WASHINGTON — When U.S. President Donald Trump signed a Jan. 23 hiring freeze on civilian government jobs, it left the Pentagon scrambling to understand exactly what was and wasn’t impacted.
Ten days later, Deputy Secretary of Defense Bob Work has issued
guidance on what civilian jobs are closed off
— and the many types of exemptions which may allow the Pentagon to fill key spots.
A senior defense official, speaking to reporters ahead of the memo’s release, acknowledged that there is going to be an impact from the hiring freeze, noting “civilians are readiness, and we can’t accomplish our mission without them,” but tried to put a positive spin on the stoppage.
“I think because all of the department’s workforce are essential, there will be an impact. But there is, at the same time, an opportunity here where we can really look at how the department manages resources in an effective and efficient way, and we can really take this opportunity to help be part of the government-wide plan to try to optimize the entire federal civilian workforce,” the official said.
However, there will undoubtedly be an impact, if only because DoD loses between 7.5 to 8 percent of its civilian workforce every year to attrition. Many of those jobs will not be allowed to be rehired under the current freeze, even with the number of exemptions outlined in Work’s memo.
So, who can grant the exceptions? There is a wide range of leadership that gets a say.
The memo divides the civilian workforce into five groups, marked A through E. Civilian jobs that fall into groups A, B and C can receive exemptions on either a group or individual basis, while groups D and E do not require an extra exemption but may require some coordination at the higher levels to fill.
The good news for those spots that are vital is the department is looking into whether automation can be used once job categories are cleared for exemption. “I think we’ll be able to look at things by functions. I think those types of processes put in place now, perhaps there are certain positions that can be coded and you can extract those particular positions and take a more detailed look at them,” the official said.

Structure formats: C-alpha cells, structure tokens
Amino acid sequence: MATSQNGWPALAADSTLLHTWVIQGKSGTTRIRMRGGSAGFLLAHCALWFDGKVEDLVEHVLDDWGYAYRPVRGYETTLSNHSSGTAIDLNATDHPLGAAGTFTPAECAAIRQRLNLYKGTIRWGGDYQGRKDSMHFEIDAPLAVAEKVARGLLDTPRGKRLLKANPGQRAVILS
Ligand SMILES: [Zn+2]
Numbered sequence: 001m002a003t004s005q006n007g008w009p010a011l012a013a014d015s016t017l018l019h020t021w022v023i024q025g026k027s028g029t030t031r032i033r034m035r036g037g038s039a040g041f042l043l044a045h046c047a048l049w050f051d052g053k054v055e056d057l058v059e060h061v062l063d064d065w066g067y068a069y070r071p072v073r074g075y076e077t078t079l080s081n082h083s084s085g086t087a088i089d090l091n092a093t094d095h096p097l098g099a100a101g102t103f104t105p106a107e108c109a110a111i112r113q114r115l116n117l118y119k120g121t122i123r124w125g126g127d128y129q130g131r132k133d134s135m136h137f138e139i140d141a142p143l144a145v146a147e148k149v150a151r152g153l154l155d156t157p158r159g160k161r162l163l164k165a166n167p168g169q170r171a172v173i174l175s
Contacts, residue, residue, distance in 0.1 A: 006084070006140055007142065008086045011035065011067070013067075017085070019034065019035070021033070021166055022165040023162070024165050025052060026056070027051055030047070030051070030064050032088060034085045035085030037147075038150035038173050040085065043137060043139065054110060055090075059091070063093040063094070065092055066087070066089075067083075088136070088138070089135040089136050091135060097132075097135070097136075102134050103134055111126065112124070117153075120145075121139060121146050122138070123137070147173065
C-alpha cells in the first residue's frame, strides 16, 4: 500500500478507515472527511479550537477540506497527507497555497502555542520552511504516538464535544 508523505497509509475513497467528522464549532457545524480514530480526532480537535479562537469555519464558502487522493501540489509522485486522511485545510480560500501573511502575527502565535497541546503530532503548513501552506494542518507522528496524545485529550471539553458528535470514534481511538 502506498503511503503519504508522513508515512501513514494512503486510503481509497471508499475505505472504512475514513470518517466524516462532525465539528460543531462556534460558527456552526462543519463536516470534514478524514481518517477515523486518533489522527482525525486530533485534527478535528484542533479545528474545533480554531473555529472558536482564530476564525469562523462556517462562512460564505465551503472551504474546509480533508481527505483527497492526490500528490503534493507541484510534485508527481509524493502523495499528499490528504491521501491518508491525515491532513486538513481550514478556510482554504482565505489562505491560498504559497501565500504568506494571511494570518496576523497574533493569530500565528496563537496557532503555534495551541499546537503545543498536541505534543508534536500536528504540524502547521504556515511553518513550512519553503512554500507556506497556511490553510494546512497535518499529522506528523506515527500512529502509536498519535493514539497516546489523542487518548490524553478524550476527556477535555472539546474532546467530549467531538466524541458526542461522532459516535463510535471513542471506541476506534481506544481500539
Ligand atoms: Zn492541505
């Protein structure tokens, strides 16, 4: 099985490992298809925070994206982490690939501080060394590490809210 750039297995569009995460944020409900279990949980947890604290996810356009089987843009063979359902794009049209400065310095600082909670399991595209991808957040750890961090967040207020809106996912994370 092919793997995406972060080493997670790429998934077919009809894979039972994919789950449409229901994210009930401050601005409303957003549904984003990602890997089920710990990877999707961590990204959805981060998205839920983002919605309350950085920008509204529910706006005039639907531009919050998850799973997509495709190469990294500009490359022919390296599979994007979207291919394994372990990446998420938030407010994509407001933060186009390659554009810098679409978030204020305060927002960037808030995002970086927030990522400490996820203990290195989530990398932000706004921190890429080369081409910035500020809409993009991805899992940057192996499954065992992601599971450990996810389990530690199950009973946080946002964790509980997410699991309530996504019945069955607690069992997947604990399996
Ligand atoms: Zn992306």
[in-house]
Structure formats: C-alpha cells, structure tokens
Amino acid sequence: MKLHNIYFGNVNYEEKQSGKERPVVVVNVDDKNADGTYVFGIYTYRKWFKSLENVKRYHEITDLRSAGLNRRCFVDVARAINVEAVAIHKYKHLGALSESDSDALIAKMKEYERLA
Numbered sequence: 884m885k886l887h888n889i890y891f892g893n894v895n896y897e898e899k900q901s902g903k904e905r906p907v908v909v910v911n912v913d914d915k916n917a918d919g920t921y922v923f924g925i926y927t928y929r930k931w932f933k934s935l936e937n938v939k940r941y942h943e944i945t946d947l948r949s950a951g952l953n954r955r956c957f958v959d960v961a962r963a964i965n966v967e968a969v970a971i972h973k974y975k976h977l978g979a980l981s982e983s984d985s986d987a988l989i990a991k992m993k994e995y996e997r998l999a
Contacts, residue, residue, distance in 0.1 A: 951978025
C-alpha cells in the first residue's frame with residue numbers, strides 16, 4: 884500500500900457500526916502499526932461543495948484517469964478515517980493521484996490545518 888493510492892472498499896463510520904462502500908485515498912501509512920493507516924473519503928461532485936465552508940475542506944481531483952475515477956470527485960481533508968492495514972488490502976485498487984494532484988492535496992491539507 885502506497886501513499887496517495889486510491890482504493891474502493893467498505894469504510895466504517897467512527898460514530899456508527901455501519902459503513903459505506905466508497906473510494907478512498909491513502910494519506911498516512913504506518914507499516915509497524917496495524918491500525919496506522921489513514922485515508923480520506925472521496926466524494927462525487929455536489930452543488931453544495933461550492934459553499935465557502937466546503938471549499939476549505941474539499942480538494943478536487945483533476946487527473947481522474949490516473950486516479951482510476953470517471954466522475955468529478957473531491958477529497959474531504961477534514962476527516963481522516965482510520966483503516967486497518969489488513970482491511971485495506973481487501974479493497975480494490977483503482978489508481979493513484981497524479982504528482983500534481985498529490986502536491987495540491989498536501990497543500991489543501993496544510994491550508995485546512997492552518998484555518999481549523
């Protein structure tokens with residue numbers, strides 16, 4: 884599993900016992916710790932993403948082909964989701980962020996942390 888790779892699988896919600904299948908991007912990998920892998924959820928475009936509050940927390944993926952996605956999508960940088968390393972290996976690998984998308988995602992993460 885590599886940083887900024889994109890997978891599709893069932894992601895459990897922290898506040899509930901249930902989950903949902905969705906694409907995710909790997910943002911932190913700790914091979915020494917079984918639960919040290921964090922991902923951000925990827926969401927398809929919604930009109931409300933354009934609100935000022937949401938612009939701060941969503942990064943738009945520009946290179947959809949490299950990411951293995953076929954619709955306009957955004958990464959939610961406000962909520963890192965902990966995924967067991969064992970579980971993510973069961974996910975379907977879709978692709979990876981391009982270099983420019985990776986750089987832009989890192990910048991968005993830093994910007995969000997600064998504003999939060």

So if, as an example, an IT professional spot at U.S. Central Command was declared exempt to the freeze, then the department could use the personnel management system to exempt all open spots of the same type.
The memo says that jobs in categories A, B and C can receive exceptions from the secretaries of the military departments; the chairman of the Joint Chiefs of Staff, on behalf of Joint Staff positions; the Inspector General of the Department of Defense, for Inspector General spots; and the deputy chief management officer on behalf of the Office of the Secretary of Defense, the defense agencies, DoD field activities and any other part of the department not specifically mentioned.
In addition, if there are exemptions needed to support the Combatant Commands, the chairman will coordinate that process. Requests for exemption will be sent up to the office of the under secretary of defense for personnel and readiness on a bi-weekly basis that line up with the pay periods of the organizations.
“Officials to whom exemption authority has been delegated must be prepared to justify their exemption decisions to me on a position-by-position basis,” Work warns in his memo. “I will follow closely any actions taken with respect to implementation of the hiring freeze and will hold these officials accountable for the exemptions they grant.”
As with any government freeze, there are special cases that require slightly tweaked rules.
The obvious workaround to a freeze is to hire contractors to do the jobs. But Work’s memo warns against that, noting that leaders “must ensure that contract actions are not taken to compensate for impacts of the hiring freeze.”
However, those with exemption authority can reallocate civilian employees to different jobs if they feel it is required, as long as those re-allocations don’t move work from a job with an exemption to one that does not qualify for one.
In addition, workers who are on temporary contracts can have their terms extended by the relevant authorities, the senior official said. And any worker who received an appointment before Jan. 22, and who has a documented start date listed on that appointment, will be able to start their jobs according to the offer that was made.
The official was also firm that there would be nothing enforced that went against collective bargaining agreements already in place.
Overall, it is unclear how many positions will be affected because of the exemption options, the official said.